Few days ago I was reading an academic paper written intentionally from a Kenyan contextual perspective. The paper critiqued the state of the Kenyan church and called for a transformation of the content and method of education in the Kenya. What struck me was that the author talked about the Kenyan church in almost the exact manner we talk about the Indian church. The Kenyan church, also the recipient of Colonial Christianity, had almost the exact concerns as those facing India.

I asked the author (it was a presentation), what was distinctively “contextual” in his approach since there was such similarity. What was uniquely Kenyan in his theological formulation, his methodology, or even his solution? The author’s defense was that the history of the Kenyan Church, as well as the issues facing the Kenyan church, were unique. While the author was probably right to clarify it like this, in the paper I did not see enough evidence of a theology that arose from the awareness of the history of Kenya or even the unique issues affecting Kenya. In effect, the generic “theological solution” was simply that generic.

This reminded me about how difficult “contextual theology” really is. What we usually see in attempts of “contextual theology” is theology that has implications to a particular region… hence a “practical theology”. This kind of theology seeks to address a particular issue facing a particular context. The generic nature of the “solution” is therefore not a problem because similar issues will have similar solutions.

However, we rarely see good “contextual theology” that actually uniquely emerges out of the context.This kind of theology, that is truly contextual, is mostly unique to the context within which it emerges from. In fact, it may not make sense to those outside that context, but it certainly rings a visceral bell in those within that context. This kind of theology is not simply about the issues facing the context (culture), like poverty, pluralism, lack of education etc. Rather, theology itself is made the issue. Do we understand the Bible correctly? Have we been brain-washed into thinking in a particular way? How should we (from our context) understand God, his word, that helps us to rightly understand and rightly communicate God here, today.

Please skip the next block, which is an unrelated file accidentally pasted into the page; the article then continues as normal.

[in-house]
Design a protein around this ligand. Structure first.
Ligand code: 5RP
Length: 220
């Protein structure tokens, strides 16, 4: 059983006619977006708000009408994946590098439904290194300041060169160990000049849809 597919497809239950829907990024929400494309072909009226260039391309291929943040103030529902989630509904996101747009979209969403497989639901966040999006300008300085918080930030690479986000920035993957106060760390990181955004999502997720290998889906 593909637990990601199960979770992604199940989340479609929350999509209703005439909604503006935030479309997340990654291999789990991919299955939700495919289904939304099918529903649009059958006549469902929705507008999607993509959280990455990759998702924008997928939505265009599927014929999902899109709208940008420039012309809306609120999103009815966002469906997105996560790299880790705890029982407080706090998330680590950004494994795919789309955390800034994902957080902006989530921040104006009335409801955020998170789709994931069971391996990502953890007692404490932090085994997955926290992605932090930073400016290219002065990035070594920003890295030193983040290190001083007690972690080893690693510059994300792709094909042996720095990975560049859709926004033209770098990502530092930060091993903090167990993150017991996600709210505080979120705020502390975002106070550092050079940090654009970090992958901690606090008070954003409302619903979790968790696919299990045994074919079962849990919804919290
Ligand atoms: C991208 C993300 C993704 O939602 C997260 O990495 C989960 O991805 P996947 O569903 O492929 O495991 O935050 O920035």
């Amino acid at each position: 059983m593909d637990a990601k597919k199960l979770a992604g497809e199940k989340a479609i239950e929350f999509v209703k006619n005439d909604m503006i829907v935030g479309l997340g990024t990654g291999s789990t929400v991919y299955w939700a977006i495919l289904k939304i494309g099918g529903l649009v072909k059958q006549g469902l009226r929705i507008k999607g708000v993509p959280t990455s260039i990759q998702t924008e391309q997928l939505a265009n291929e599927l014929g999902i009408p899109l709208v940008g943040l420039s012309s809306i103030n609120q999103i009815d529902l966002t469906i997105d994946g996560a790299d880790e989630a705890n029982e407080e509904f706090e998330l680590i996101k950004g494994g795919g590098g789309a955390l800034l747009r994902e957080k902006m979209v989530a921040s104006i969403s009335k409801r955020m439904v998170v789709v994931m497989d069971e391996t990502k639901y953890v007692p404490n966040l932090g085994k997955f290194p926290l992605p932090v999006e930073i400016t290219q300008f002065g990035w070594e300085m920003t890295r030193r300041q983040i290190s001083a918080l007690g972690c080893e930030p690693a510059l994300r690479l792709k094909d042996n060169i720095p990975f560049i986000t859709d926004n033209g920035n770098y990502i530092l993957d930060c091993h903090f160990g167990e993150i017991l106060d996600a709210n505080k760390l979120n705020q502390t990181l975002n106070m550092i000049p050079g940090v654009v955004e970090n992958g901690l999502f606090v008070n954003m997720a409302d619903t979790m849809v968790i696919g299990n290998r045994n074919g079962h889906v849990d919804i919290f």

There have been contextual theologians in the past who have done this intentionally or unintentionally. However, good examples of “contextual theology” today are rare. It requires the theologian to be completely honest, even to the point of being willing to question age-old beliefs and traditions.

Keeping in mind the controversial nature of “contextual theology” I’m not sure whether it is a challenge worth fighting for.  But my gut-feeling is that contextual theology, the honest and compelling kind, is still needed today.

“The Word of God and the Church” – Eduard Thurneysen (excerpt)

This quote is from The Word of God and the Church, by Eduard Thurneysen, as cited by Marcus Ward, Our Theological Task, p. 186. It reminds, even challenges us, that our theological enterprise must always seek to be practical to the living struggles of the people, our neighbours.